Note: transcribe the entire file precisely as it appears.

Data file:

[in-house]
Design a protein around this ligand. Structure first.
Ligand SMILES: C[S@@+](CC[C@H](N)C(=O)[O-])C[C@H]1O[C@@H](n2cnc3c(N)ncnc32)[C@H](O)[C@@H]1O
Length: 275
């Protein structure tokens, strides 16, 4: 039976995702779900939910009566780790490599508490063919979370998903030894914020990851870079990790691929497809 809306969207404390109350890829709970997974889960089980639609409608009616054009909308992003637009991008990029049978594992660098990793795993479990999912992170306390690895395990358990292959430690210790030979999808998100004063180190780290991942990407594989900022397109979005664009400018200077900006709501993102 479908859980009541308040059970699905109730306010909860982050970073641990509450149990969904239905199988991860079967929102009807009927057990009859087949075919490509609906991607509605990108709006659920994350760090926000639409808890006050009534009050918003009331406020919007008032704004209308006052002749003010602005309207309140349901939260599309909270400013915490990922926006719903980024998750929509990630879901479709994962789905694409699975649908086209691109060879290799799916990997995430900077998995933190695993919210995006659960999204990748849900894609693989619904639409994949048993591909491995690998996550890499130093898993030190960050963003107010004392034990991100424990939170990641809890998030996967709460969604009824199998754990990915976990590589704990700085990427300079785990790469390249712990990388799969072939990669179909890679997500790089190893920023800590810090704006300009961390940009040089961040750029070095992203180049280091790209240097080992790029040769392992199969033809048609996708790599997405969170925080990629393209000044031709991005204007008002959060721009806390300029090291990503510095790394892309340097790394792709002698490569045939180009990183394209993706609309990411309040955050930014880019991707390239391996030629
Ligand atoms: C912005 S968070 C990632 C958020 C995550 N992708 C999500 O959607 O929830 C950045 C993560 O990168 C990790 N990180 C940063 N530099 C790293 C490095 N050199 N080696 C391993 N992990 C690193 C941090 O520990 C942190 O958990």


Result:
[in-house]
Design a protein around this ligand. Structure first.
Ligand SMILES: C[S@@+](CC[C@H](N)C(=O)[O-])C[C@H]1O[C@@H](n2cnc3c(N)ncnc32)[C@H](O)[C@@H]1O
Length: 275
């Protein structure tokens, strides 16, 4: 039976995702779900939910009566780790490599508490063919979370998903030894914020990851870079990790691929497809 809306969207404390109350890829709970997974889960089980639609409608009616054009909308992003637009991008990029049978594992660098990793795993479990999912992170306390690895395990358990292959430690210790030979999808998100004063180190780290991942990407594989900022397109979005664009400018200077900006709501993102 479908859980009541308040059970699905109730306010909860982050970073641990509450149990969904239905199988991860079967929102009807009927057990009859087949075919490509609906991607509605990108709006659920994350760090926000639409808890006050009534009050918003009331406020919007008032704004209308006052002749003010602005309207309140349901939260599309909270400013915490990922926006719903980024998750929509990630879901479709994962789905694409699975649908086209691109060879290799799916990997995430900077998995933190695993919210995006659960999204990748849900894609693989619904639409994949048993591909491995690998996550890499130093898993030190960050963003107010004392034990991100424990939170990641809890998030996967709460969604009824199998754990990915976990590589704990700085990427300079785990790469390249712990990388799969072939990669179909890679997500790089190893920023800590810090704006300009961390940009040089961040750029070095992203180049280091790209240097080992790029040769392992199969033809048609996708790599997405969170925080990629393209000044031709991005204007008002959060721009806390300029090291990503510095790394892309340097790394792709002698490569045939180009990183394209993706609309990411309040955050930014880019991707390239391996030629
Ligand atoms: C912005 S968070 C990632 C958020 C995550 N992708 C999500 O959607 O929830 C950045 C993560 O990168 C990790 N990180 C940063 N530099 C790293 C490095 N050199 N080696 C391993 N992990 C690193 C941090 O520990 C942190 O958990």